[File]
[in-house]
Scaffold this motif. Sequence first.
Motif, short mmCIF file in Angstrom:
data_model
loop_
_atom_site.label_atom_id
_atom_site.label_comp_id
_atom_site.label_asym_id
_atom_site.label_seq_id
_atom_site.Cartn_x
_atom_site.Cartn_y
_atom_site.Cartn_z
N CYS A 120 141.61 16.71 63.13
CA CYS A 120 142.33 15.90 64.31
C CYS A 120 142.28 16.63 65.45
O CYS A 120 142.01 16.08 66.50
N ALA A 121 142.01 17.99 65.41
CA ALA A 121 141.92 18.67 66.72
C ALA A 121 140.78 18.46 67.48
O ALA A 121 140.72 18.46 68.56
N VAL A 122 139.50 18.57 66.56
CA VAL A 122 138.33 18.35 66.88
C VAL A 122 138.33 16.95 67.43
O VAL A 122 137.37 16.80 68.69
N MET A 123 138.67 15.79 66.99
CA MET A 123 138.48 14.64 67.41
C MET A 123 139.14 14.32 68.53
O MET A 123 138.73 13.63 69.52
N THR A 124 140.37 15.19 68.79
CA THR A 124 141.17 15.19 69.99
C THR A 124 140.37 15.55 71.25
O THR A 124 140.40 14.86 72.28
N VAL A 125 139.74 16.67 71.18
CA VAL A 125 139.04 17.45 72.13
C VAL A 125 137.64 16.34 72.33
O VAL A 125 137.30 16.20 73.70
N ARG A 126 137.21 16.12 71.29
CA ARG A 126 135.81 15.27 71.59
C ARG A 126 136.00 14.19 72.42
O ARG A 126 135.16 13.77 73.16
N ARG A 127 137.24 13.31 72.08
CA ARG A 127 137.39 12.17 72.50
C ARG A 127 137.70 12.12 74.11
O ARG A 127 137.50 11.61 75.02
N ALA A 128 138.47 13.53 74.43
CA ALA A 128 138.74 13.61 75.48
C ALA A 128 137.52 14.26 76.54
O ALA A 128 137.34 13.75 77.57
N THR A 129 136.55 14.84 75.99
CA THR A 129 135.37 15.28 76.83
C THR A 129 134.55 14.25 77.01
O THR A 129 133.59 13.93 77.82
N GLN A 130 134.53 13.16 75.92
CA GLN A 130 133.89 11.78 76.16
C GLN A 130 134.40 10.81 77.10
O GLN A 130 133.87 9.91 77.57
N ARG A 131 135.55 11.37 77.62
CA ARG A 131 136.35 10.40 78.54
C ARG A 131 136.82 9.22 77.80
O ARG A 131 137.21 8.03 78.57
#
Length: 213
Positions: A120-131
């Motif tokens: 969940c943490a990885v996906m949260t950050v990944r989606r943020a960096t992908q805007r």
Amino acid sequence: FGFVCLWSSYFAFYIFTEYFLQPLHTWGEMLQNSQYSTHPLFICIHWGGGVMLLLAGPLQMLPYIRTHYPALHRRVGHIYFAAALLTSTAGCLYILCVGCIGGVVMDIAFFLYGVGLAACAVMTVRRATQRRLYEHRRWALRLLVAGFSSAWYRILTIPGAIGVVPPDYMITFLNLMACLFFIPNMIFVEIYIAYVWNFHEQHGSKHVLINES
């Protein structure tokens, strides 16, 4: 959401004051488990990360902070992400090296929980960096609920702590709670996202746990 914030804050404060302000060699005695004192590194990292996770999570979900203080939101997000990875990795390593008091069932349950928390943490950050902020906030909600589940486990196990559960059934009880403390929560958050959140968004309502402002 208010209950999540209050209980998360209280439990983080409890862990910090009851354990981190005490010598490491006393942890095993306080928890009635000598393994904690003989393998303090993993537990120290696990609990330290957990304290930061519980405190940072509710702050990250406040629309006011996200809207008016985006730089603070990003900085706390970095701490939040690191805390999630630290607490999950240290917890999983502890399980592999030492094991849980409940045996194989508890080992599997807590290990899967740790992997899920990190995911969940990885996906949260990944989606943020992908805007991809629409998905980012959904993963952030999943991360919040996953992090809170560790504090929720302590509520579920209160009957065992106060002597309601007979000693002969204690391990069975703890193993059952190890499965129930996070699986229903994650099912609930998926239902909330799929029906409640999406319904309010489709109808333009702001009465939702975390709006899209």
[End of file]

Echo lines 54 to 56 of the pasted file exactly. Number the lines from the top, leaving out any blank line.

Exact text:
CA GLN A 130 133.89 11.78 76.16
C GLN A 130 134.40 10.81 77.10
O GLN A 130 133.87 9.91 77.57